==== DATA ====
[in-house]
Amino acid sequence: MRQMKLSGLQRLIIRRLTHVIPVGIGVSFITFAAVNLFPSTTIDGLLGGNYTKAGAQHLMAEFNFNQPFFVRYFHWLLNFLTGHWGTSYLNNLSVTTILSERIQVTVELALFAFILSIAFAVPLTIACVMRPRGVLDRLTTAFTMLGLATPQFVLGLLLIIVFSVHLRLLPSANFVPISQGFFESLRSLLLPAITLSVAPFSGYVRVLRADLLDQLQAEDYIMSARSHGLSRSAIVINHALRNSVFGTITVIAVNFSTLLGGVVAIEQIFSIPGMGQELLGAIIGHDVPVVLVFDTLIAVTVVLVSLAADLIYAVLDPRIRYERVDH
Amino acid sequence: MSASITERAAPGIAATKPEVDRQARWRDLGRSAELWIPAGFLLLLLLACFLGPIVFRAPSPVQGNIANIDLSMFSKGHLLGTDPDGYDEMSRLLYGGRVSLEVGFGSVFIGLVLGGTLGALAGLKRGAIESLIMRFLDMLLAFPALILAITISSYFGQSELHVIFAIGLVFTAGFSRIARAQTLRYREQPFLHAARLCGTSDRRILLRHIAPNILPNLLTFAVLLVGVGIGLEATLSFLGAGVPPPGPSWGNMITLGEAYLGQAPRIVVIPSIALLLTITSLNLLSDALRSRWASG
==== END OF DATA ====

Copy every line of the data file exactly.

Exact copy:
[in-house]
Amino acid sequence: MRQMKLSGLQRLIIRRLTHVIPVGIGVSFITFAAVNLFPSTTIDGLLGGNYTKAGAQHLMAEFNFNQPFFVRYFHWLLNFLTGHWGTSYLNNLSVTTILSERIQVTVELALFAFILSIAFAVPLTIACVMRPRGVLDRLTTAFTMLGLATPQFVLGLLLIIVFSVHLRLLPSANFVPISQGFFESLRSLLLPAITLSVAPFSGYVRVLRADLLDQLQAEDYIMSARSHGLSRSAIVINHALRNSVFGTITVIAVNFSTLLGGVVAIEQIFSIPGMGQELLGAIIGHDVPVVLVFDTLIAVTVVLVSLAADLIYAVLDPRIRYERVDH
Amino acid sequence: MSASITERAAPGIAATKPEVDRQARWRDLGRSAELWIPAGFLLLLLLACFLGPIVFRAPSPVQGNIANIDLSMFSKGHLLGTDPDGYDEMSRLLYGGRVSLEVGFGSVFIGLVLGGTLGALAGLKRGAIESLIMRFLDMLLAFPALILAITISSYFGQSELHVIFAIGLVFTAGFSRIARAQTLRYREQPFLHAARLCGTSDRRILLRHIAPNILPNLLTFAVLLVGVGIGLEATLSFLGAGVPPPGPSWGNMITLGEAYLGQAPRIVVIPSIALLLTITSLNLLSDALRSRWASG